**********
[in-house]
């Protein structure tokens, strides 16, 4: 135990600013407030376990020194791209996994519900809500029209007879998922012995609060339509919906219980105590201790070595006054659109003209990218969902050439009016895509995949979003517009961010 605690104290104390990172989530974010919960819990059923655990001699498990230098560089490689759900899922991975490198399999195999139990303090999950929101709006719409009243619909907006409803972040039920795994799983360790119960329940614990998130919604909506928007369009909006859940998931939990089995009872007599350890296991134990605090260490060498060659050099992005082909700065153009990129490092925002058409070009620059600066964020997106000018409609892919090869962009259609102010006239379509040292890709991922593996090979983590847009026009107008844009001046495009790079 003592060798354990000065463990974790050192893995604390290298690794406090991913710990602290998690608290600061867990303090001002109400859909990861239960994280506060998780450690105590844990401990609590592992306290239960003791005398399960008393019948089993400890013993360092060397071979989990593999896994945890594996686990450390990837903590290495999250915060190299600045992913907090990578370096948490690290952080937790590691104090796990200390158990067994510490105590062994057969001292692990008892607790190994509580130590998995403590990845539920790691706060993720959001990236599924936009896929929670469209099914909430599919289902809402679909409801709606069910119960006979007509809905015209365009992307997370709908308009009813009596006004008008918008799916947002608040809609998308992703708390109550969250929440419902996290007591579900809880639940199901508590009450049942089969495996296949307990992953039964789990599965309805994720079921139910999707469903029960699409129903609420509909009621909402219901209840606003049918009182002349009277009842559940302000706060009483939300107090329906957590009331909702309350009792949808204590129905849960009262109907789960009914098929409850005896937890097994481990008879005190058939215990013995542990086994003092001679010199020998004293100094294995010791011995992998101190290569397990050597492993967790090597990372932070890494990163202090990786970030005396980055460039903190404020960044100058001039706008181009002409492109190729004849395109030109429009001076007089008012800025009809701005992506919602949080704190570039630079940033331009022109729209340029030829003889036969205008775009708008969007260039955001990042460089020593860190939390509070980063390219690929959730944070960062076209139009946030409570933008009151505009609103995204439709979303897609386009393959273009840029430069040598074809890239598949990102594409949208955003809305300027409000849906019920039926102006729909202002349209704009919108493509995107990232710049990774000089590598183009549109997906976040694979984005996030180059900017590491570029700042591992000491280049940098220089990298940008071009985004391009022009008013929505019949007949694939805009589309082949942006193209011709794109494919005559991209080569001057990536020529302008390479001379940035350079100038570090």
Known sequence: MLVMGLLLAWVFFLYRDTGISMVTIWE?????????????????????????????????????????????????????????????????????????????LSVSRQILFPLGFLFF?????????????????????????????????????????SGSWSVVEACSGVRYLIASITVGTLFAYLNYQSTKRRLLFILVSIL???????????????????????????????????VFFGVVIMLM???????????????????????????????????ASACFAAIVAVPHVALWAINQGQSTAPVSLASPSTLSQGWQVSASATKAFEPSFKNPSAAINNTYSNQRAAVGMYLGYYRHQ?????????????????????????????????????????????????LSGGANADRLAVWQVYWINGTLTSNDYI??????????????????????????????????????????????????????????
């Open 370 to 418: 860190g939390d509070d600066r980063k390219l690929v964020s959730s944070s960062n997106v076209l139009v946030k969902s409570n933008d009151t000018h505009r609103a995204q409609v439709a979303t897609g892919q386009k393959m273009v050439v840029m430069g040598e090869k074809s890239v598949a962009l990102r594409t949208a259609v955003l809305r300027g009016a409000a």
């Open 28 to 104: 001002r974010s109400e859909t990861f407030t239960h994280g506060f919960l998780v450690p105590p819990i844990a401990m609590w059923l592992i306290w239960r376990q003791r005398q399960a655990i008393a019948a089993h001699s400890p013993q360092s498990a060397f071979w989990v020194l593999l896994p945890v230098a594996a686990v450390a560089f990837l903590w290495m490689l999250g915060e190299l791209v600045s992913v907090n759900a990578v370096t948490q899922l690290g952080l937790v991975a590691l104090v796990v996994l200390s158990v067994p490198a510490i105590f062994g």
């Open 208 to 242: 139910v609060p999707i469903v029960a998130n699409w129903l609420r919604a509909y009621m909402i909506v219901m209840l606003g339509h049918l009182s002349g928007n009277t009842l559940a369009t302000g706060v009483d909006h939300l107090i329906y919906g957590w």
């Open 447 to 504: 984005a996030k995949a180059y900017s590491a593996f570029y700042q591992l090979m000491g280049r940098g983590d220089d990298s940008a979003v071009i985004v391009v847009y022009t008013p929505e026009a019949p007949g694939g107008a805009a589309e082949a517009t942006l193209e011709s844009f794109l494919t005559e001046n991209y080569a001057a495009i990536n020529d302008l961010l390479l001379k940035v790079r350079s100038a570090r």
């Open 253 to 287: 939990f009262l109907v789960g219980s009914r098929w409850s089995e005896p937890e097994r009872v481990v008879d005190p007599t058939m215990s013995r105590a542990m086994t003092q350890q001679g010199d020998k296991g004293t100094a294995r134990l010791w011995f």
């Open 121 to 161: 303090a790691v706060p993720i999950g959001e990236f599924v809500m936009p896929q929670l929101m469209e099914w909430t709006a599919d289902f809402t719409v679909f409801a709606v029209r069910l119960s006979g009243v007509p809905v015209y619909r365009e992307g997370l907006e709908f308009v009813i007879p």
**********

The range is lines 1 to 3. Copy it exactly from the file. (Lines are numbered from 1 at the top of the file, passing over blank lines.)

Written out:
[in-house]
């Protein structure tokens, strides 16, 4: 135990600013407030376990020194791209996994519900809500029209007879998922012995609060339509919906219980105590201790070595006054659109003209990218969902050439009016895509995949979003517009961010 605690104290104390990172989530974010919960819990059923655990001699498990230098560089490689759900899922991975490198399999195999139990303090999950929101709006719409009243619909907006409803972040039920795994799983360790119960329940614990998130919604909506928007369009909006859940998931939990089995009872007599350890296991134990605090260490060498060659050099992005082909700065153009990129490092925002058409070009620059600066964020997106000018409609892919090869962009259609102010006239379509040292890709991922593996090979983590847009026009107008844009001046495009790079 003592060798354990000065463990974790050192893995604390290298690794406090991913710990602290998690608290600061867990303090001002109400859909990861239960994280506060998780450690105590844990401990609590592992306290239960003791005398399960008393019948089993400890013993360092060397071979989990593999896994945890594996686990450390990837903590290495999250915060190299600045992913907090990578370096948490690290952080937790590691104090796990200390158990067994510490105590062994057969001292692990008892607790190994509580130590998995403590990845539920790691706060993720959001990236599924936009896929929670469209099914909430599919289902809402679909409801709606069910119960006979007509809905015209365009992307997370709908308009009813009596006004008008918008799916947002608040809609998308992703708390109550969250929440419902996290007591579900809880639940199901508590009450049942089969495996296949307990992953039964789990599965309805994720079921139910999707469903029960699409129903609420509909009621909402219901209840606003049918009182002349009277009842559940302000706060009483939300107090329906957590009331909702309350009792949808204590129905849960009262109907789960009914098929409850005896937890097994481990008879005190058939215990013995542990086994003092001679010199020998004293100094294995010791011995992998101190290569397990050597492993967790090597990372932070890494990163202090990786970030005396980055460039903190404020960044100058001039706008181009002409492109190729004849395109030109429009001076007089008012800025009809701005992506919602949080704190570039630079940033331009022109729209340029030829003889036969205008775009708008969007260039955001990042460089020593860190939390509070980063390219690929959730944070960062076209139009946030409570933008009151505009609103995204439709979303897609386009393959273009840029430069040598074809890239598949990102594409949208955003809305300027409000849906019920039926102006729909202002349209704009919108493509995107990232710049990774000089590598183009549109997906976040694979984005996030180059900017590491570029700042591992000491280049940098220089990298940008071009985004391009022009008013929505019949007949694939805009589309082949942006193209011709794109494919005559991209080569001057990536020529302008390479001379940035350079100038570090």
Known sequence: MLVMGLLLAWVFFLYRDTGISMVTIWE?????????????????????????????????????????????????????????????????????????????LSVSRQILFPLGFLFF?????????????????????????????????????????SGSWSVVEACSGVRYLIASITVGTLFAYLNYQSTKRRLLFILVSIL???????????????????????????????????VFFGVVIMLM???????????????????????????????????ASACFAAIVAVPHVALWAINQGQSTAPVSLASPSTLSQGWQVSASATKAFEPSFKNPSAAINNTYSNQRAAVGMYLGYYRHQ?????????????????????????????????????????????????LSGGANADRLAVWQVYWINGTLTSNDYI??????????????????????????????????????????????????????????